|compiled by Vern Larkin
All figures courtesy of the New York Association of Realtors
|Orleans County Values|
There are still plenty of intelligent people in Orleans County who remember scoffing at land prices as high as $50 an acre. The idea of a house in the village of Holley selling for as much as $10,000 seemed ludicrous. They never thought it would happen.
But it did, back in the mid 1950's. A post-war back-to-the-land movement drove the price of a small farm of 200 acres up to the $10,000 mark by about 1955, and the old-timers were proved wrong. By the mid-1970's that same amount of money would buy you a three-acre lot on one of the side roads. Today, it's not unusual to pay about that much for an improved building lot of less than an acre.
Land values in Orleans county show the conflict between the historical use of the land and the new wave of rural gentrification. Historically, most of the cleared land in Orleans County has been been devoted to agriculture, and farming remains an important land use (12% of the land in Orleans County is tilled).
Just as our history has been dominated by farming, so has our local culture. Those traditional family values one associates with Norman Rockwell and the phrase "rugged individualism" work hard here, and so do most of the people (especially those who keep on farming). Where people are industrious, you can expect the crime rate to be lower and the performance of students to be higher. Thousands of families have migrated to Orleans County in the past few decades hoping to find exactly these ideals. They stay here because, for the most part, they've found them.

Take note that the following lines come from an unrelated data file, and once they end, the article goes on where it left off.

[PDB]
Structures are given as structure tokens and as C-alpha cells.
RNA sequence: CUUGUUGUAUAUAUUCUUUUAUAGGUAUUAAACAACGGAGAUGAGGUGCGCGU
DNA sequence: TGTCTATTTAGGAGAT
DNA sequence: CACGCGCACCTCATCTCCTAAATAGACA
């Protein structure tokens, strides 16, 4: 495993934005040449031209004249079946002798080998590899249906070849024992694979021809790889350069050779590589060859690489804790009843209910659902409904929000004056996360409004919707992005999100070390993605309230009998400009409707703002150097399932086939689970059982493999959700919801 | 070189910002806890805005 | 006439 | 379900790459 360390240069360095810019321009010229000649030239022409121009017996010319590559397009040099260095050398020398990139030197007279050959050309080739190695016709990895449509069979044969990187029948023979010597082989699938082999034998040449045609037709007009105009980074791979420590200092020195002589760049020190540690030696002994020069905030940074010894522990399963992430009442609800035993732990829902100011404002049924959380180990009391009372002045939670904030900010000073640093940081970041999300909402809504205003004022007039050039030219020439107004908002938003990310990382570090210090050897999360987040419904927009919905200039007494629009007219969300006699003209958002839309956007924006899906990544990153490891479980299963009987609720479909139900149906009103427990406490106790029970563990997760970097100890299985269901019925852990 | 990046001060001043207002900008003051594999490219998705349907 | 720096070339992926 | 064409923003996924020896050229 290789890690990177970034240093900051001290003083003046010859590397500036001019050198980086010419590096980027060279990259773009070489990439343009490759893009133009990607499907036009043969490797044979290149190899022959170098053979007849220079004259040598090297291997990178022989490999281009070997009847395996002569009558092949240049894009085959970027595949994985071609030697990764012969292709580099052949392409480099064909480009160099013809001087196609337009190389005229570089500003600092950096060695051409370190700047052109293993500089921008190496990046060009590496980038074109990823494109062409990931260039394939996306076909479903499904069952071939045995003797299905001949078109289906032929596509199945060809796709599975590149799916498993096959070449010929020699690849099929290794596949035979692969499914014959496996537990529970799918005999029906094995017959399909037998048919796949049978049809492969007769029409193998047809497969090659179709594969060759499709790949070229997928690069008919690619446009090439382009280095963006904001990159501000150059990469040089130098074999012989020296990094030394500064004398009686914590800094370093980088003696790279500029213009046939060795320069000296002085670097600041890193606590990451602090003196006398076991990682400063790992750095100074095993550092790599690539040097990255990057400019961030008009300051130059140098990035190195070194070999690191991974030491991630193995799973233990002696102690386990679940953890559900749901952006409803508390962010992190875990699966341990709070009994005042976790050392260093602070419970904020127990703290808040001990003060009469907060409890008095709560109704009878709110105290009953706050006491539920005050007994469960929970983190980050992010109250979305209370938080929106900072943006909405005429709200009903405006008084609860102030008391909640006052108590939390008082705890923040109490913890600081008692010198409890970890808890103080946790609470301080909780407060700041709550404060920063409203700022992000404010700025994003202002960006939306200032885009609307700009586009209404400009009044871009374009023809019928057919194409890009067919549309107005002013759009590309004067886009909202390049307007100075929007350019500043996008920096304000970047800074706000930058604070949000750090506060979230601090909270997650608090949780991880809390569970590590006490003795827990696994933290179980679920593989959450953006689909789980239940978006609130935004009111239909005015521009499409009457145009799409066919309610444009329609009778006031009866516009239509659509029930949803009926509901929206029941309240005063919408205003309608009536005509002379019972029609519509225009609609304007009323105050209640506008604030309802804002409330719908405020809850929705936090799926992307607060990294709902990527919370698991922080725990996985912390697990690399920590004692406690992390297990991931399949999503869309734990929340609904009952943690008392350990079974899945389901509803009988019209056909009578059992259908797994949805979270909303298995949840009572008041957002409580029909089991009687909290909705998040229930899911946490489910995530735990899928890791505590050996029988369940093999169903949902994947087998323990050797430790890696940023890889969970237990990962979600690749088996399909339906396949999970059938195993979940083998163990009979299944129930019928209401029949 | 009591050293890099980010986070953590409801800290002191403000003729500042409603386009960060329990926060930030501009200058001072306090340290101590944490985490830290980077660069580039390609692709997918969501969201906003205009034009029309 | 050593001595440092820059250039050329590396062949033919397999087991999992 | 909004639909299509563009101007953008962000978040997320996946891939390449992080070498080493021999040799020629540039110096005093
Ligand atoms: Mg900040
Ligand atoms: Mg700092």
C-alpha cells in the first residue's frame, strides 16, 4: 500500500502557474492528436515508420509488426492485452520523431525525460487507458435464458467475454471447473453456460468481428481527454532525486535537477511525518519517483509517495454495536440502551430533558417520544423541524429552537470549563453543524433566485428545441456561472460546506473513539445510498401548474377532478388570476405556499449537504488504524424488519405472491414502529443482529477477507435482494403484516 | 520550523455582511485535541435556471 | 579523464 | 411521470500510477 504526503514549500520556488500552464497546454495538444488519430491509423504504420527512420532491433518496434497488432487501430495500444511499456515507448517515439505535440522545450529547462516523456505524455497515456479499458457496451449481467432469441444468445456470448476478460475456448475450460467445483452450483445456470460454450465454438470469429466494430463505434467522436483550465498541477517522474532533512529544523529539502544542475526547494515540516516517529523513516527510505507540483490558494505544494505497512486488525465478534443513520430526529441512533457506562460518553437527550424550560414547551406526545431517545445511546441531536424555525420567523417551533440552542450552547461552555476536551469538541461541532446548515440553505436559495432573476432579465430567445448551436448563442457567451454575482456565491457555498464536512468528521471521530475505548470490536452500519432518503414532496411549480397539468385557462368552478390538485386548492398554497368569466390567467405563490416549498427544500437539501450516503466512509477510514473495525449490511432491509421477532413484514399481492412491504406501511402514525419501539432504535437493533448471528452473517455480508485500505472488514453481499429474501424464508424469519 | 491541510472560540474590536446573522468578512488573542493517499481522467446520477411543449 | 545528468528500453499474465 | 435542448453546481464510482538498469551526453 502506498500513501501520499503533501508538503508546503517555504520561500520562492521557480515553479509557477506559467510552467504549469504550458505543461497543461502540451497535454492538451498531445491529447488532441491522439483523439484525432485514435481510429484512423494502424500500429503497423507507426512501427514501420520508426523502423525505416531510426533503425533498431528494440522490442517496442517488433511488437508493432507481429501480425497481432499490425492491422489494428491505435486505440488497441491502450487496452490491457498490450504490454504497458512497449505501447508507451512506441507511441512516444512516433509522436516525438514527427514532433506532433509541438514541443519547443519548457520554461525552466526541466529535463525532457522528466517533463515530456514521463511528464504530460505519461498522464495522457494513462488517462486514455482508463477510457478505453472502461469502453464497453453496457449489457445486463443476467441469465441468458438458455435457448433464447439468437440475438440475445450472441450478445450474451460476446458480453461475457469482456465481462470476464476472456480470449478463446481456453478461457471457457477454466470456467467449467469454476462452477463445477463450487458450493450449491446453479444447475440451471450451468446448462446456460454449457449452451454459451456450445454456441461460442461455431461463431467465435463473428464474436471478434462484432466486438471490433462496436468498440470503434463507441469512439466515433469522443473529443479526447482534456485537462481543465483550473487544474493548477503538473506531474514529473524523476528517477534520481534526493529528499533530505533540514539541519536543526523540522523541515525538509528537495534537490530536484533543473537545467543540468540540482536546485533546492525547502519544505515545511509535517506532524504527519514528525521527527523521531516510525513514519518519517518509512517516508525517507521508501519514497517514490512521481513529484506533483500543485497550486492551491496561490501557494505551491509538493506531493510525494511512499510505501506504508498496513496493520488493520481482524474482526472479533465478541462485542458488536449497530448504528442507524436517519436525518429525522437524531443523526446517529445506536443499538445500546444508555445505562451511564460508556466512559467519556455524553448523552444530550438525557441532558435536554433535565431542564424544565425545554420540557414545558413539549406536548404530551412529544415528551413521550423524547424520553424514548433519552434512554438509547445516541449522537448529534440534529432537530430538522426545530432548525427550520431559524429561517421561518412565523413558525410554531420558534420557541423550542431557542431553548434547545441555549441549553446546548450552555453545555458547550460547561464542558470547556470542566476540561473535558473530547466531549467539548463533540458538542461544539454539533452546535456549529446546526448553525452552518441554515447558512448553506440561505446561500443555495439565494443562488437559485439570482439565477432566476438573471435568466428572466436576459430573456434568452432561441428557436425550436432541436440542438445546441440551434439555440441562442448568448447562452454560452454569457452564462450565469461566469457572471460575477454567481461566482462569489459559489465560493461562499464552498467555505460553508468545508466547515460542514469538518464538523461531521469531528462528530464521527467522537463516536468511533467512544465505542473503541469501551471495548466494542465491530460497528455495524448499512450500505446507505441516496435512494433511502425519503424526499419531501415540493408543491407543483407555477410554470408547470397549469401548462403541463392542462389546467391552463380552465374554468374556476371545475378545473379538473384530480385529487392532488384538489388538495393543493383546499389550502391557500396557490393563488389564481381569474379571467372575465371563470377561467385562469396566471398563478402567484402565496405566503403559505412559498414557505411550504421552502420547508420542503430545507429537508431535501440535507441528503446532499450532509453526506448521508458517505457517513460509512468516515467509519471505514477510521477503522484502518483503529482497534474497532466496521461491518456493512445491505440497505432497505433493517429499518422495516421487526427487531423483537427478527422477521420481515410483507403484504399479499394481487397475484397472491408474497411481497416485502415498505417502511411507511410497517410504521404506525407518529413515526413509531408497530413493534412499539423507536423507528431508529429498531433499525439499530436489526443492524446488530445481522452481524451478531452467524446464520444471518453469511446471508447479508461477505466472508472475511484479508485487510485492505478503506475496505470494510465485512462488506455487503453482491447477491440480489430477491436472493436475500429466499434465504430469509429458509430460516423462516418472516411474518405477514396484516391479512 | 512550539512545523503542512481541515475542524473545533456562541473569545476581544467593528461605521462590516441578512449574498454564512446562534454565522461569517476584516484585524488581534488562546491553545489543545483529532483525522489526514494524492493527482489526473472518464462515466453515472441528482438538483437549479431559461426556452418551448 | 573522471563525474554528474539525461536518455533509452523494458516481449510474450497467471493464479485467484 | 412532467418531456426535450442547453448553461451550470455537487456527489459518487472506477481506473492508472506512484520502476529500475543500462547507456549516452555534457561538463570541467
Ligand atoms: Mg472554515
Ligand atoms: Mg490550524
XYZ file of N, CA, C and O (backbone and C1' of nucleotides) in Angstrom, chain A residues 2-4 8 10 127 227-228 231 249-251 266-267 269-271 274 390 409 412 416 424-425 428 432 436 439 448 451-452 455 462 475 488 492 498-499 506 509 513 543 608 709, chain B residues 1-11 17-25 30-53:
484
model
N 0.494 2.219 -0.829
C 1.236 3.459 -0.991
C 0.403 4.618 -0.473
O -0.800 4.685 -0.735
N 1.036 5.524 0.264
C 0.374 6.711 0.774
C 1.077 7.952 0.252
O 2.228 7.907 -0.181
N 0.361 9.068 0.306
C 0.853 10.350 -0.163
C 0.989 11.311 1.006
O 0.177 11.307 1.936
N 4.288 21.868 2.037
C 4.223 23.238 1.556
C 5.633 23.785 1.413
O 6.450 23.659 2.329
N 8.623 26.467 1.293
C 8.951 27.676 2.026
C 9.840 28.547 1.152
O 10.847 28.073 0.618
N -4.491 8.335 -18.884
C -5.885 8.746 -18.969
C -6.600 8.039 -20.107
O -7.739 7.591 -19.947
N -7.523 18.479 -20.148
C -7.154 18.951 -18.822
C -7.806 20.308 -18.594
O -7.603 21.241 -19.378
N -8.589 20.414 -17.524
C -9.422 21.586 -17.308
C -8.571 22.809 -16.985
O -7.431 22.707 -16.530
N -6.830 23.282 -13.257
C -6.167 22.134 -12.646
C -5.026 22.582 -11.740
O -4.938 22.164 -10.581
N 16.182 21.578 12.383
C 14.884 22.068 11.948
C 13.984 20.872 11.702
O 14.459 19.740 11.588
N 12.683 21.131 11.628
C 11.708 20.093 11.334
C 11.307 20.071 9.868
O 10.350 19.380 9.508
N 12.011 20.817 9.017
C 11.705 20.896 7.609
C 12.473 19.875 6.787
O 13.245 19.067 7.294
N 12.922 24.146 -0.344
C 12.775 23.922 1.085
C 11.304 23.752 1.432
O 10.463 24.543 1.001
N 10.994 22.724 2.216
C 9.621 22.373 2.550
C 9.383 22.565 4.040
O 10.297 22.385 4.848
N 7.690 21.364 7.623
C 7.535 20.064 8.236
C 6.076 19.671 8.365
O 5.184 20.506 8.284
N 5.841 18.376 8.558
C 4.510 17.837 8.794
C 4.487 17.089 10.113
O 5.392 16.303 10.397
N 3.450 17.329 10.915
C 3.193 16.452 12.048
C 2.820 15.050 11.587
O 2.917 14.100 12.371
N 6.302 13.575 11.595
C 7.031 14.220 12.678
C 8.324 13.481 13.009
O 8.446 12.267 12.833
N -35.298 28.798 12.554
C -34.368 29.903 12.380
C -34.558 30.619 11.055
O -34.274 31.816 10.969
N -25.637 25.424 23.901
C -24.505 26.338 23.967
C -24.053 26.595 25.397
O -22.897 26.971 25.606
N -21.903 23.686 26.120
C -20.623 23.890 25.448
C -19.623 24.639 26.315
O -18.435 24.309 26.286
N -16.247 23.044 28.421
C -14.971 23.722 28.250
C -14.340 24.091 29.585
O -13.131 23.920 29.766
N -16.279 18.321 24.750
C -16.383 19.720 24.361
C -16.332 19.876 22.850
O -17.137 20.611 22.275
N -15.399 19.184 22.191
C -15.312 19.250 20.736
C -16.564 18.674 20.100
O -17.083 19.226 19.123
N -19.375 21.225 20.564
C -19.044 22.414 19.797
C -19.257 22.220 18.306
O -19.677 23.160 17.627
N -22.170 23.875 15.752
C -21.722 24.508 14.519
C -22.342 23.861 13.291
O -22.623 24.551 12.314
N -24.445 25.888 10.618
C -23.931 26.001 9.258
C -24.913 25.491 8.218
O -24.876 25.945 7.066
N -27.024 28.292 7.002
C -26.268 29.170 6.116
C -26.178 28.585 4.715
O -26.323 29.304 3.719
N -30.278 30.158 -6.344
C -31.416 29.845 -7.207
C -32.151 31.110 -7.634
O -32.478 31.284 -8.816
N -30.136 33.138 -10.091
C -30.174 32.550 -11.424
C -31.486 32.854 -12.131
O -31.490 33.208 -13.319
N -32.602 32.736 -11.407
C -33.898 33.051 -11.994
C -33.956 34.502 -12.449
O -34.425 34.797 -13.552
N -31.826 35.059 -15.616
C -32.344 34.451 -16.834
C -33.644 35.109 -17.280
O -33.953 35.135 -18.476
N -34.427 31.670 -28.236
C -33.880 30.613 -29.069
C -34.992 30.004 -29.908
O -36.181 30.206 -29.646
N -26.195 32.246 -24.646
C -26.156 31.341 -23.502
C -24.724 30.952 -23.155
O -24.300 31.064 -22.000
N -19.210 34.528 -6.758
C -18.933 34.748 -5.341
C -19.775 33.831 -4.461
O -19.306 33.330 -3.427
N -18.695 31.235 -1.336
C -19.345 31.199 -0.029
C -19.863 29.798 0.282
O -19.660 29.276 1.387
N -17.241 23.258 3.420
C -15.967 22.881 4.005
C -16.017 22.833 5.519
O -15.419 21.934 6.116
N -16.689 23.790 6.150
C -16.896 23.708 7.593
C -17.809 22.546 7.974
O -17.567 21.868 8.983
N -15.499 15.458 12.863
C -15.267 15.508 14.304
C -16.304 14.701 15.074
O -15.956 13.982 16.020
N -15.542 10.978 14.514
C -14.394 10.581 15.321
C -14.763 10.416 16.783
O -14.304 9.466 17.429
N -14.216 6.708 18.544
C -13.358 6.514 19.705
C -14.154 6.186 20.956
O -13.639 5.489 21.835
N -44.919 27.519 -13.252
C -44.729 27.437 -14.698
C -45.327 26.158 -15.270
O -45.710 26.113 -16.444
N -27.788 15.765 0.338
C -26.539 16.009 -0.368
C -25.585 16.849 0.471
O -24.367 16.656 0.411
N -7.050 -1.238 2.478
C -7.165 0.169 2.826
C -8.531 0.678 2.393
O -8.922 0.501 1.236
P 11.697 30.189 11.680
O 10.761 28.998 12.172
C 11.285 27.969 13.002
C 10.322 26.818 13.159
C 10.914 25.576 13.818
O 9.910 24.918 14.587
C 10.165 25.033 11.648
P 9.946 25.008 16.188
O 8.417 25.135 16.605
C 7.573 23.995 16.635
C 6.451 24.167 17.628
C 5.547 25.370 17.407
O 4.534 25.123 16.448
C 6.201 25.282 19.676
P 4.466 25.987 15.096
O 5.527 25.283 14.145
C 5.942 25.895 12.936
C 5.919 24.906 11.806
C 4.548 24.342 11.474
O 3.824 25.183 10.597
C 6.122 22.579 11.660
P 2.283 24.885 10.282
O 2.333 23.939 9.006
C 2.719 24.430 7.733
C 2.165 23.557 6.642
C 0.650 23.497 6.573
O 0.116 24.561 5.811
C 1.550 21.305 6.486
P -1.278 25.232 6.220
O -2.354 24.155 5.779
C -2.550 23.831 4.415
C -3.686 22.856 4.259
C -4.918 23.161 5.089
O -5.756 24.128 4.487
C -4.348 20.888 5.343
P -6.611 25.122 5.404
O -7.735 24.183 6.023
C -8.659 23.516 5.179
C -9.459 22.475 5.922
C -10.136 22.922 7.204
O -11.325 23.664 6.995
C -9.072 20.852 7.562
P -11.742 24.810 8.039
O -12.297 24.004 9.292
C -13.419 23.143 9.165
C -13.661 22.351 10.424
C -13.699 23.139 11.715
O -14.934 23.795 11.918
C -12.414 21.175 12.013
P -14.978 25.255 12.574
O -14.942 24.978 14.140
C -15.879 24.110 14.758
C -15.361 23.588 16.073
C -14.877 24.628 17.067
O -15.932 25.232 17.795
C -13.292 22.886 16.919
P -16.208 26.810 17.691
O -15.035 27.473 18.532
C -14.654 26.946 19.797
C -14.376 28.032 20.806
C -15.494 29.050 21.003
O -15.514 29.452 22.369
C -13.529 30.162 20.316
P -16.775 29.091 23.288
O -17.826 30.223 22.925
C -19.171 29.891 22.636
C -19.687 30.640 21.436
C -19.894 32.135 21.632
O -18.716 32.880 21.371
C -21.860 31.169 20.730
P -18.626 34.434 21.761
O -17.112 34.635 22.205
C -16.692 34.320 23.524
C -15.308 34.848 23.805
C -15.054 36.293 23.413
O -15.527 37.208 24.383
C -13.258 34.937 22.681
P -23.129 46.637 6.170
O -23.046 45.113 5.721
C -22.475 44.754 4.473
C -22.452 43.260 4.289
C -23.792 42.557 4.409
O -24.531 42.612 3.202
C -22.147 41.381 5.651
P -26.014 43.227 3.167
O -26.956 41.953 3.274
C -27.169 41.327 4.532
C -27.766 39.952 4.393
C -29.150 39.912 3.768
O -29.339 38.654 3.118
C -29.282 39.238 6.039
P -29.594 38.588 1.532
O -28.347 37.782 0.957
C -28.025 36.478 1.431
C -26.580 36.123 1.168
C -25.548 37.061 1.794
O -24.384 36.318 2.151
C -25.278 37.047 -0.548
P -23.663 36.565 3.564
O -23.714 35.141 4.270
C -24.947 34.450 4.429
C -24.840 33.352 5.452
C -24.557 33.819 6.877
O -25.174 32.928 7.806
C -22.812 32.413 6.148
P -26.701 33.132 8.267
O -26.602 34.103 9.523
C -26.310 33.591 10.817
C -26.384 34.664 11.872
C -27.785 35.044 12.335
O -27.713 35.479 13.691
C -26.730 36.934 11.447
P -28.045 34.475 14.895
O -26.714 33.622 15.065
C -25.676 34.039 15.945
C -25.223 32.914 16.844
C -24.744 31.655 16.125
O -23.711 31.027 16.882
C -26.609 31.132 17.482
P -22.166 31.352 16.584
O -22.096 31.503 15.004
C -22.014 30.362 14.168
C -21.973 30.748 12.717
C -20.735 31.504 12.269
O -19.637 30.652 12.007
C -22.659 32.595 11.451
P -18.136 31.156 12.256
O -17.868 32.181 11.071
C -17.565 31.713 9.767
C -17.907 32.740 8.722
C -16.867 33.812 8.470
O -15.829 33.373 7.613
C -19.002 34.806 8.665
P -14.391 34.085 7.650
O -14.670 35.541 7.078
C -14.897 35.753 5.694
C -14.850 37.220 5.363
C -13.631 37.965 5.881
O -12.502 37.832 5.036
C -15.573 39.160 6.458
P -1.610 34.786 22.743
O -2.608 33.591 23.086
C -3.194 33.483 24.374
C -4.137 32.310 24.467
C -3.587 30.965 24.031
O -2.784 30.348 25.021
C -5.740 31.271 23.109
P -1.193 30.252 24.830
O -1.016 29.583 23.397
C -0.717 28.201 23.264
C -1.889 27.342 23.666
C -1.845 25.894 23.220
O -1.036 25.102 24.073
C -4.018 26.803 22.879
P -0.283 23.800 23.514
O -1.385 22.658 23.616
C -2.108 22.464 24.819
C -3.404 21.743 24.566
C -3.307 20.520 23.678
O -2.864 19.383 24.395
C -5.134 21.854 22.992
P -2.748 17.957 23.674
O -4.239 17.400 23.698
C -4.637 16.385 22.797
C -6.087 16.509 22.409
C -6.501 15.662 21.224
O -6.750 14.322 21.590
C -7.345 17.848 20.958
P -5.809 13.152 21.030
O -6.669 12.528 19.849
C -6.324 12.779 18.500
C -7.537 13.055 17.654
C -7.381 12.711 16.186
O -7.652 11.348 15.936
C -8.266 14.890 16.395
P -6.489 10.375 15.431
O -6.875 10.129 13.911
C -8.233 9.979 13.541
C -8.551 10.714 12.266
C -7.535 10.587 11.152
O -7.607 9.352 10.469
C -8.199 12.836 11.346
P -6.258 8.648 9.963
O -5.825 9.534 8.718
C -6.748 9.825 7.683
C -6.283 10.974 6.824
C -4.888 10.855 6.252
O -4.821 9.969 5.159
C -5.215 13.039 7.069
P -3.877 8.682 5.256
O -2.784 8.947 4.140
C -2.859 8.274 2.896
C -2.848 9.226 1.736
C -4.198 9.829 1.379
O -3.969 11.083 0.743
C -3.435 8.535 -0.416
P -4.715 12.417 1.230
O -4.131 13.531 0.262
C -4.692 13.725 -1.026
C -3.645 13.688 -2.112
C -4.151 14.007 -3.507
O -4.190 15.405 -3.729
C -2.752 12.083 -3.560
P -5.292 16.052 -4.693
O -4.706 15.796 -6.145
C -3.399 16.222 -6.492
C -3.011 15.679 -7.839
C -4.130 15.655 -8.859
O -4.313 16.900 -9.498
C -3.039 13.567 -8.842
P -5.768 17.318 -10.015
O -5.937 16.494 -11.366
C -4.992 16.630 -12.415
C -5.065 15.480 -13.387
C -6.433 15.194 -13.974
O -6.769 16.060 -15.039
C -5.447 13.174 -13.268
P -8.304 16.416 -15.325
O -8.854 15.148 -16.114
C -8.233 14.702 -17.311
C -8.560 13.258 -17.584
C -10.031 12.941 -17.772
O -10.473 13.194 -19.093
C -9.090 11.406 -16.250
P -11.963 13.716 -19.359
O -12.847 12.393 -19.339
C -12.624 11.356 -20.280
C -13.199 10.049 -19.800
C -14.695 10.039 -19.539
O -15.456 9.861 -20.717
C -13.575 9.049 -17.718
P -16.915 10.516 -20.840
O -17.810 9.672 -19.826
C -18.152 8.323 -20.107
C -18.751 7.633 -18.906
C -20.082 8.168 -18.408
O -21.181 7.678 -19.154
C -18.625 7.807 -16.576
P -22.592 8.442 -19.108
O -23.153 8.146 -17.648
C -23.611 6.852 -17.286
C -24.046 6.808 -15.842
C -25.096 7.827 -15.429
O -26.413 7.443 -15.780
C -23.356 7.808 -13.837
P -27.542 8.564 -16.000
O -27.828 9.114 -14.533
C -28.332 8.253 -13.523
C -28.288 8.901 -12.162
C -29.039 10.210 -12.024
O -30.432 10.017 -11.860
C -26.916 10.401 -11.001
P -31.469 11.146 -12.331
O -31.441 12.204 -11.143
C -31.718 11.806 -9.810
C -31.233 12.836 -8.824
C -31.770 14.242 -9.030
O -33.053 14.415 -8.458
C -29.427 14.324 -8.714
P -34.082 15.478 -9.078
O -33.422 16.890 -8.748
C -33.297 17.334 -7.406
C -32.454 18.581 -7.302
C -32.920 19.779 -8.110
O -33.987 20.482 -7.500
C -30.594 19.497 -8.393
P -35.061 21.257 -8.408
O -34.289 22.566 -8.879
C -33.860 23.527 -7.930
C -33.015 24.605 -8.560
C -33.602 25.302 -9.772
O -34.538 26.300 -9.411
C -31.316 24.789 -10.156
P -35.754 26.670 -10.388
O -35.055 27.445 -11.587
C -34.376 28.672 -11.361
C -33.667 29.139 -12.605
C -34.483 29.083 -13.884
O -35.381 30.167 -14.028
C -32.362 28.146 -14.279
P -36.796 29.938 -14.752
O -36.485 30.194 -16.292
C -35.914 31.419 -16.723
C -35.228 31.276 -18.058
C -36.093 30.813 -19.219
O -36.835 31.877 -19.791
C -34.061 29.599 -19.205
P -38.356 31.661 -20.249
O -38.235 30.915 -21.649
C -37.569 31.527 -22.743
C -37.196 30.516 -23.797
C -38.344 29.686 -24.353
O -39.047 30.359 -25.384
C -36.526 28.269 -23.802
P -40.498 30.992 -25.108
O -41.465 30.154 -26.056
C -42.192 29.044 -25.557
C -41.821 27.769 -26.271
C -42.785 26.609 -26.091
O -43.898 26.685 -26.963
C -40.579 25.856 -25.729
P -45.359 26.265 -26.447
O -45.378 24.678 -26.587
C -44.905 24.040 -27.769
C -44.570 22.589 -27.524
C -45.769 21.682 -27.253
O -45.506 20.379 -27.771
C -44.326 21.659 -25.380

Supporting these values is a structure of churches with strong ecumenical appeal, a great system of libraries and, most important, an excellent system of public and parochial schools. Orleans County graduated its first National Merit Scholarship winner in 1965-- a young man who went on to become one of the insightful minds of his generation-- and others have followed. The figures change from year to year, but a higher percentage of rural high school graduates generally make it to college than their urban cousins. We like to think this may be because the lifestyle here attracts (and keeps) a higher quality of teacher, and because of the presence of a great university in nearby Brockport.
But not everybody in the western Frontier fits exactly the same little box. These friendly communities welcome an eclectic mix of artists, writers, students and just-plain eccentrics. There's room enough for all of us, and if privacy is your priority, you've certainly found your spot. There's room to grow out here-- and that's what Early Sunrise Realty LLC is all about.